Season 3 kicked off this week for the funny and thought-provoking show about young entrepreneurs in Palo Alto. Season 1 had them getting their idea for data compression off the ground. Season 2 showed them fighting for funding and fending off lawsuits from power-hungry competitors. This season is heading toward a restructuring among the team. The show has great characters, is endlessly clever in its fun with techy nerds and do-gooder hipsterism ("making the world a better place" is a running joke), and gives a fascinating look at the trials of running a real business. Can't wait to see how this season plays out.
The Night Manager (AMC)
The new mini-series, based on the writing of author John le Carre, features deliciously devilish arms dealer Hugh Laurie and clean cut former soldier/super suave undercover agent Tom Hiddleston and just aired its second episode. Like most of the novelist's adaptations based on international intrigue, the story starts a bit slowly, but it's methodical and a valuable payoff is always imminent. I look forward to seeing all of the twists and turns that lie ahead.
The Big Bang Theory (CBS)
Some interesting word choices regarding pregnancy have appeared over the last three weeks on the hit comedy series. Raj has told Howard and Bernadette that they have "made a person." Howard has commented that he "can't wait to see if he has a boy or a girl." And last night, Leonard noted that Bernadette is "bringing life into the world." At this point, Bernadette is still well under the all-important 24-week mark. For overtly political executive producer Chuck Lorre, it seems strange for him to betray his personal views with such a politically incorrect pro-life message. Curious.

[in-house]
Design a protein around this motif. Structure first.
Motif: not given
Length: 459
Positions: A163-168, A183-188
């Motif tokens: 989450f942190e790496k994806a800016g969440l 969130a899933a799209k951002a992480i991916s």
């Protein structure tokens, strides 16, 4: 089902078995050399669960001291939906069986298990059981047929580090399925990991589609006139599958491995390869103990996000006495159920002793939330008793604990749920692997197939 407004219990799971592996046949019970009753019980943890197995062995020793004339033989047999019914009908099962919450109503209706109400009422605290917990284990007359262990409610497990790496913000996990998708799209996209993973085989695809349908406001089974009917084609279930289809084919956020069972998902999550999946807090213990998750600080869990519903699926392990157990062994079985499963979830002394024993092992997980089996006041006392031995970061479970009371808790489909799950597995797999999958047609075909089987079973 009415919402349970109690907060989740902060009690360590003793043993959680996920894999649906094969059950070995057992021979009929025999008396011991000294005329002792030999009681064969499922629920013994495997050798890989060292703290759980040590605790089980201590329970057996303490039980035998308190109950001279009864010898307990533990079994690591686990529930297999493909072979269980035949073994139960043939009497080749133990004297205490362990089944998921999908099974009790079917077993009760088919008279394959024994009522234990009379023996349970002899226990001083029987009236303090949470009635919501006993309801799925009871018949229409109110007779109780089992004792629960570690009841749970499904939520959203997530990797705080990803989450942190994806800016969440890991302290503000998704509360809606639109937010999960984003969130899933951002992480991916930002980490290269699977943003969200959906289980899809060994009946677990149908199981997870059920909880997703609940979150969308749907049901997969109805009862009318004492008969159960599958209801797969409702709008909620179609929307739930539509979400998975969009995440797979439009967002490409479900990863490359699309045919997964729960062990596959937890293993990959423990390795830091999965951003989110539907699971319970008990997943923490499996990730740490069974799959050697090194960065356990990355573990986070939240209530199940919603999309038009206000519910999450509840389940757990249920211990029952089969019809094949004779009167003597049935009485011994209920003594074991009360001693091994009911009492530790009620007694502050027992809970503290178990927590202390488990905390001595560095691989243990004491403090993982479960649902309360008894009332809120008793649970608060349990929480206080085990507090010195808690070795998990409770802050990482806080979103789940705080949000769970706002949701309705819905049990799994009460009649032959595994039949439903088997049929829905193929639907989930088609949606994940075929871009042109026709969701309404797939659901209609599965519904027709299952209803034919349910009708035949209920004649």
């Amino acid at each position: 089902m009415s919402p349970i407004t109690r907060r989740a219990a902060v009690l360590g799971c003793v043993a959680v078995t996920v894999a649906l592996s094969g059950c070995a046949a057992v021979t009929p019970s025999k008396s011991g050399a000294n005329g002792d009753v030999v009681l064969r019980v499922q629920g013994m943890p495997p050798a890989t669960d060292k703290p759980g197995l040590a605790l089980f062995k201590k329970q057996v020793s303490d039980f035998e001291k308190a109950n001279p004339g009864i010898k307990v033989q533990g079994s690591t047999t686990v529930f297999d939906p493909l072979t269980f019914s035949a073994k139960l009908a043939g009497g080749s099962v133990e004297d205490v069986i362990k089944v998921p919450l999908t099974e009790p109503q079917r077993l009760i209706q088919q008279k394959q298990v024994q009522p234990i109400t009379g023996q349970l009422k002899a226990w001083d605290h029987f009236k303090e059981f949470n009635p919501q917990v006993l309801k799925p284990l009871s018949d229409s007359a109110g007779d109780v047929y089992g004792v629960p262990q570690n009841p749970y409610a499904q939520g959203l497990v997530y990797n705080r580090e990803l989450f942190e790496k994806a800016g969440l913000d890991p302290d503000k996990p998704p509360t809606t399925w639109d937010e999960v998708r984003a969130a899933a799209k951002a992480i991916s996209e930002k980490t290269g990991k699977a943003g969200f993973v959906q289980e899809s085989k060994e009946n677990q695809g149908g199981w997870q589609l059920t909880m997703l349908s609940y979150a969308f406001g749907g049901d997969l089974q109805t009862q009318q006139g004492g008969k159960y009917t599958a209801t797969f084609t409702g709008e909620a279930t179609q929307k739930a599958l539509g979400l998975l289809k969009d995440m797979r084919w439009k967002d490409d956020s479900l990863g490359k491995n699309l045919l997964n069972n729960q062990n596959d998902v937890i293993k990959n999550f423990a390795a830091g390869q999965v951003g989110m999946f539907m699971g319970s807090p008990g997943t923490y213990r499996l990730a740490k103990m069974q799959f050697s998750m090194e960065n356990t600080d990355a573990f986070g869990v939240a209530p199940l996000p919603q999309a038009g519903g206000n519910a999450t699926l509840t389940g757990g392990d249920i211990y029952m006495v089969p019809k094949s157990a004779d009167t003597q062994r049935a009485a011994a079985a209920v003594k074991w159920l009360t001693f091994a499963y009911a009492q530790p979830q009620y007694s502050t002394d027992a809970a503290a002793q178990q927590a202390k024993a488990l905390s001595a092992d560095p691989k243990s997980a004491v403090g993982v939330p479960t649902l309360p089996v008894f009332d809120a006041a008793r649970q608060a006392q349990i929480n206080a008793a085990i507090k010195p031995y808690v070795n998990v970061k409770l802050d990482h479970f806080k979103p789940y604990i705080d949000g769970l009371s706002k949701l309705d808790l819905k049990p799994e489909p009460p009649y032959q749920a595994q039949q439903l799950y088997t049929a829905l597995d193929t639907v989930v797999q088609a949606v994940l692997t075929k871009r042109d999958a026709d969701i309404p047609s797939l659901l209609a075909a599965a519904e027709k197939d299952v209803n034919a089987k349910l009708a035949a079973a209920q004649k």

Real Sports (HBO)
The latest edition of the long-running show highlighting sports journalism and the larger social implications found in such stories is an important one for those of us who work in academia. It examines the business of athletic programs on university campuses, or perhaps I should say the lack of business. Nearly every school in America is losing massive amounts of money through their sports teams, and it's the academic departments and average students who end up footing the increasingly exorbitant bill. An enlightening and infuriating investigation, to be sure. (Here is a clip.)
60 Days In (A&E)
My favorite reality show of the spring has innocent volunteers locked up in prison for two months as a social experiment and to gain intelligence inside the walls for prison administrators. It's an eye-opening show that depicts both the evil of humanity and the need for effective reforms. It's fascinating to see how each guest prisoner attempts to adapt to the animalistic life of confinement. Disturbingly, the most idiotic person on the show is... a teacher.
The Last Man on Earth (Fox)
And the best scene of the week...